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New Year's aromas


A Shiga Kenjinkai meeting in Peru on August 14, 1959. In the row of people sitting from left to right, the third is my grandmother, then Messrs. Makino and Katsuragi, in a dark coat my grandfather, Messrs. Miyazaki and Hayashi, my uncle and sitting under my grandfather my cousin Yumi Hayashi who provided the photo.

My grandparents, Tatsuzo and Kinu Wakabayashi, natives of Hikone- shi and Shigaken , arrived in the city of Lima through yobiyose , or called by another immigrant, established at the beginning of the 20th century. They had six children, my father Francisco Tatsuo, the eldest, and five daughters: Aiko, Laura Fusako, Isabel Shizuko, Rosa Sueko and Luisa Toshiko.

According to the custom of Japanese immigrants, my father and his sister were sent to study in Japan, returning to Peru alone, already an adult like Kirai nisei, that is, feeling more Japanese than Peruvian. My other aunts were educated at the Lima Japanese School located in the Jesús María district.

What I miss from my childhood and adolescence is the oshogatsu , or New Year's, celebration at my house. A great event. Every first day of the New Year was spent with preparations, hectic shopping in the Japanese grocery stores in the crowded streets surrounding the central market of Lima. Ingredients such as konnyaku , similar to a gum made from a tuber; kamaboko, a fish cake with bright red dye; kombu , a dried seaweed nori , seaweed processed into sheets; kampyo , a dried pumpkin shavings; kyuri , a small, crunchy Japanese cucumber; mochi, a glutinous rice cake; aburague, a fried tofu; soba , thin, long noodles; azuki , red beans and local products such as mamé or beans, river shrimp, daikon , or turnip, among others.

On December 31 we had dinner with the usual menu, except for the dark sobá in tsuyú , a light broth, to ensure longevity during the year that began. Next, my mother, Eiko Aida, together with my aunt, began to prepare the stews throughout the night; the only one of the entire year in which they stayed up late not partying but cooking.

Early on January 1, the table was filled with exquisite red mamé and black mamé for health and prosperity, makizushi of the originals of yesteryear, without strange fusions; baked turkey, kombu -laced kuchitoris , sekihan , the quintessential holiday red steamed rice, and red shrimp with huge tongs like no other; and we began a sumptuous first meal of the year by uncorking a champagne and offering to the hotokesama , or small altar, to protect Buddhist symbols and make the general toast in glasses that were used only on that occasion, once a year.

An ozoni , or soup based on chicken broth with aburague and mochi , with Kansai seasoning, opened the succulent breakfast, and then the whole family, with the Oyichan in life, parents, aunt and us, the three brothers, We helped ourselves to all the delicacies prepared by these two endearing people who, without a doubt, would have slept very little.

My dad would then go out to the traditional reception offered by the Japanese Ambassador at his residence to greet the members of the Japanese colony in general and from there he would leave to visit family and friends, in a fixed and unaltered list, composed through the houses of about seven friends and five relatives.

In each of them, he was served with dishes similar to those we left at our house to serve the same friends he visited, and I remember his comments, that in Don Kishiro Hayashi's house there was kazunoko or flying fish eggs, orange-red and crunchy, brought from Japan, without a doubt, a delicacy that I have not tried yet.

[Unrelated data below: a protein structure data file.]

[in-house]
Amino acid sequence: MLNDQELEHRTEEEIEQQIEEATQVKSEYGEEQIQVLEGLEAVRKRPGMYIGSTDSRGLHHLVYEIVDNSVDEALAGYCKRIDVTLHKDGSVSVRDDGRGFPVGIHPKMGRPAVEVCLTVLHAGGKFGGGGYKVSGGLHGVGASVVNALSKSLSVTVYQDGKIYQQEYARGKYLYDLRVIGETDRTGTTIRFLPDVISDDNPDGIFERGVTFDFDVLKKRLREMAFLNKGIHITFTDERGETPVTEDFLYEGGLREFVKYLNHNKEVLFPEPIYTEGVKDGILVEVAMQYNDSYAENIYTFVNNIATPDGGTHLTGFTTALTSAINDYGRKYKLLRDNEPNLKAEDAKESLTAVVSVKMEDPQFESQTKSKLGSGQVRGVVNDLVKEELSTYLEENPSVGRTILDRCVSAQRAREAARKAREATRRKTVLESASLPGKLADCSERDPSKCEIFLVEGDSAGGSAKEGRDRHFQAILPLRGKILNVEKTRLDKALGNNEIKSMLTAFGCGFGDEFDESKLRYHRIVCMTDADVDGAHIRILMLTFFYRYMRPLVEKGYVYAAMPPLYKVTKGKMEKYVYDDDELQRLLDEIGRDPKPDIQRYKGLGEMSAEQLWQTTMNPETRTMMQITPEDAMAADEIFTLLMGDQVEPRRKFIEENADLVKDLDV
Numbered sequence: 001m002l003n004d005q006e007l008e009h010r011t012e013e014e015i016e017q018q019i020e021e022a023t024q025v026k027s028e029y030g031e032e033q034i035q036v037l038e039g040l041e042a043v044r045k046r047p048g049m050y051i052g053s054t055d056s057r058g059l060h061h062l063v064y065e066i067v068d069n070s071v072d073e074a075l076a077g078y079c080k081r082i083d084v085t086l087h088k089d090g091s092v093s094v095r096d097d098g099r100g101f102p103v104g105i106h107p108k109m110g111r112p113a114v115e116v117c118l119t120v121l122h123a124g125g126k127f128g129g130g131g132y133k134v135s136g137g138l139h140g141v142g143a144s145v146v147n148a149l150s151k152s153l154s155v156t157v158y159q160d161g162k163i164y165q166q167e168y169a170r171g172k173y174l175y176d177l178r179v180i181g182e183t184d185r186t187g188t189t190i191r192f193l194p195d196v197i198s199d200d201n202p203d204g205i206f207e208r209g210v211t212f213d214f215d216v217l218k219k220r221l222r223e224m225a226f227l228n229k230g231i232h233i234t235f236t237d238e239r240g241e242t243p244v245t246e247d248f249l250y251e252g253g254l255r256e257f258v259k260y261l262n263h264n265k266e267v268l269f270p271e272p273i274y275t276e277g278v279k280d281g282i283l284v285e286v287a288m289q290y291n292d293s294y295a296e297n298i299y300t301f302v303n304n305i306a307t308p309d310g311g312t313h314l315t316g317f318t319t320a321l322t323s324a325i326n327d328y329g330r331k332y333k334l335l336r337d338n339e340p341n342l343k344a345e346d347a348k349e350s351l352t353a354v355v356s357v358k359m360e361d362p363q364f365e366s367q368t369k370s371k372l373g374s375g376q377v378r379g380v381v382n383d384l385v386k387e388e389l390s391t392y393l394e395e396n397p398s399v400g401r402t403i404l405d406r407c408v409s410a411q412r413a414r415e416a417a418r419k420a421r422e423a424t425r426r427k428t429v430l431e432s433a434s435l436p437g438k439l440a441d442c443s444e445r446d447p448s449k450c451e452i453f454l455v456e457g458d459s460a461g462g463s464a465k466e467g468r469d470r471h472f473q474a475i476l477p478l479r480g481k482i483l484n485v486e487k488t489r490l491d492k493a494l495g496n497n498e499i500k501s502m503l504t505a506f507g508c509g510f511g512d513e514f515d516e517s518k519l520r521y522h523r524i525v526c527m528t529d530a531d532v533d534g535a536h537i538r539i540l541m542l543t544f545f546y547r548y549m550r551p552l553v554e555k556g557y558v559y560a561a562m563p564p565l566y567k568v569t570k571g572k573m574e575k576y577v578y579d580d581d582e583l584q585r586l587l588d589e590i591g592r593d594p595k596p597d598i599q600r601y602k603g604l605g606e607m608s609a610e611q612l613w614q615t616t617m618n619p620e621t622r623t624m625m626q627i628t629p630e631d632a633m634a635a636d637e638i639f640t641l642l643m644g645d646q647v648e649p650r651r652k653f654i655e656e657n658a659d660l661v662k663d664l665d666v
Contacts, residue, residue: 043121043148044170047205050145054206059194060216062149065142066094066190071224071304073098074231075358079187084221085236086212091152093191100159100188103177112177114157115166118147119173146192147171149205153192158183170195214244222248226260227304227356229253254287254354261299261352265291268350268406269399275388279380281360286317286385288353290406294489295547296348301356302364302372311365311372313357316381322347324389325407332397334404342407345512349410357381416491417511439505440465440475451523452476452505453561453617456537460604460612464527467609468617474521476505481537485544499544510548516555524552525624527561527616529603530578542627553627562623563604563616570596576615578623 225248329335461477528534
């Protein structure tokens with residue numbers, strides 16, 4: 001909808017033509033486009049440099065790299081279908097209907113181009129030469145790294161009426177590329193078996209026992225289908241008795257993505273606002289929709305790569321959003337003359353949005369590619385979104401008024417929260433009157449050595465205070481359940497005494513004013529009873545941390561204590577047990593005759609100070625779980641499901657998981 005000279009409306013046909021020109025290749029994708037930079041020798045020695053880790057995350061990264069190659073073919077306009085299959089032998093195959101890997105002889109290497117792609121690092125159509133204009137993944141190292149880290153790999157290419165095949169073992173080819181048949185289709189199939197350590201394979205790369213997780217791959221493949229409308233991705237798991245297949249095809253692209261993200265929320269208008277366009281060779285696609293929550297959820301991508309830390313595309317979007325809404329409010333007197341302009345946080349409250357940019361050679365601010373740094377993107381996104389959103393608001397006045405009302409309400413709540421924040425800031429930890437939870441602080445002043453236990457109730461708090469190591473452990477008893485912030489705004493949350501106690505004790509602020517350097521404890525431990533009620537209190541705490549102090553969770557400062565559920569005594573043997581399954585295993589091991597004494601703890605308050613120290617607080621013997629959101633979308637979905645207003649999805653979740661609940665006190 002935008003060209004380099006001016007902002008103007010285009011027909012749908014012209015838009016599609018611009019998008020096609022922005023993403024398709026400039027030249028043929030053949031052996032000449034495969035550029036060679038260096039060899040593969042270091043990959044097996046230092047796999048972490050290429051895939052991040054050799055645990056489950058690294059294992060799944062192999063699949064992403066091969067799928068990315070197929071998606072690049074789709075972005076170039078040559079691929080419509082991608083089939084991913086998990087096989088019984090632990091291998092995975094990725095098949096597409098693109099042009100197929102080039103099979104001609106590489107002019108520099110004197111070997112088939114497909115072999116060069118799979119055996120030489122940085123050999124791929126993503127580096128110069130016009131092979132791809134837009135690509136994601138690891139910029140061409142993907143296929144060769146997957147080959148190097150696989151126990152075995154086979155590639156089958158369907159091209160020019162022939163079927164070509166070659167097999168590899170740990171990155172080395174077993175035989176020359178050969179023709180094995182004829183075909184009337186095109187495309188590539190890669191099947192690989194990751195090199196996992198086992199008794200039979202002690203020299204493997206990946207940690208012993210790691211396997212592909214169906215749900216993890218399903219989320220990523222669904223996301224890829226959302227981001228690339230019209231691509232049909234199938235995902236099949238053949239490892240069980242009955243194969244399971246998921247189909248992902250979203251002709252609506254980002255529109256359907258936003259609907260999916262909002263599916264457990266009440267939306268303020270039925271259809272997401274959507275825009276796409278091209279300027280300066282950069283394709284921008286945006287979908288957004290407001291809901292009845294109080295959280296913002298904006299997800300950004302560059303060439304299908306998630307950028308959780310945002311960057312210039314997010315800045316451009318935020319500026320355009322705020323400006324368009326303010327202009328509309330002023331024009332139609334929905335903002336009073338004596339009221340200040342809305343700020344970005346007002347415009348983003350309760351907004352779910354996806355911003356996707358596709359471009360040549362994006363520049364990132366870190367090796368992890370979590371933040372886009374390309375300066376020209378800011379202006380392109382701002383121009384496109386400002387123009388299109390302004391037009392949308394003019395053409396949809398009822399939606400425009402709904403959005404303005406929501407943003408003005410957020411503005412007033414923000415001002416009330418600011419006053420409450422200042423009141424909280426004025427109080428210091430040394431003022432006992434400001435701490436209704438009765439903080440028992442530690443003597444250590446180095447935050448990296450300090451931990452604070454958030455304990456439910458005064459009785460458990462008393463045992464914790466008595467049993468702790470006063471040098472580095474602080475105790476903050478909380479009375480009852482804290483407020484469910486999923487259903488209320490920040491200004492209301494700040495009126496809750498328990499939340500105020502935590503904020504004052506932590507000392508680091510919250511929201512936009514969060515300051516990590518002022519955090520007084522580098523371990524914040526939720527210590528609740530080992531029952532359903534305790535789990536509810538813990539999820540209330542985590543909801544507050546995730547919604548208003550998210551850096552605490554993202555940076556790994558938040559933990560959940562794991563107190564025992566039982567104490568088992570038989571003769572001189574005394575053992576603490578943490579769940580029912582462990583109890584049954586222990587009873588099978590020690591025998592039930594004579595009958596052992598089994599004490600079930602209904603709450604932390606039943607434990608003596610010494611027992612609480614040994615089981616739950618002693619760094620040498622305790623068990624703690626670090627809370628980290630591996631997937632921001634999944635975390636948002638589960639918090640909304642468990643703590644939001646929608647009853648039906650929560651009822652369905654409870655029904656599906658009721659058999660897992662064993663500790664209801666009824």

Globalization was still far away and whiskey was a very expensive item of desire, and brands that today are normal category were offered to visitors as if it were an 18-year-old liquor. Every year, my mother and my aunt grew older and the same thing happened with the ladies of the friends' families with whom we shared the round-trip visits, and so one year, for some reason that I do not remember, they decided, by consensus, not to make the traditional visiting tour. The following year, the strenuous tradition was no longer carried out, and thus that indelible memory came to an end.

© 2022 Arturo Wakabayashi

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Each article submitted to this Nikkei Chronicles special series was eligible for selection as the community favorite. Thank you to everyone who voted!

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families food New Year Oshogatsu Peru
About this series

The theme of the 11th edition of Nikkei Chronicles—Itadakimasu 3! Nikkei Food, Family, and Community—takes a look at several questions, such as: How does the food you eat connect your Nikkei community? What kinds of Nikkei recipes have been passed down from generation to generation? What is your favorite Japanese and/or Nikkei dish? 

Discover Nikkei solicited stories related to Nikkei food from May to September 2022. Voting closed on October 31, 2022. We received 15 stories (8 English; 1 Japanese; 6 Spanish; and 1 Portuguese) from Brazil, Canada, Peru, and the United States, with one submitted in multiple languages.

An editorial committee chose a favorite story in each language. In addition, a Nima-kai favorite was determined by online community voting. Here are the selections!

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About the Author

Arturo Wakabayashi is a civil engineer. He is a third generation Nikkei, born in Lima. Paternal grandparents are immigrants from Shigaken , and maternal grandparents are immigrants from Yamagataken .

Last updated September 2022

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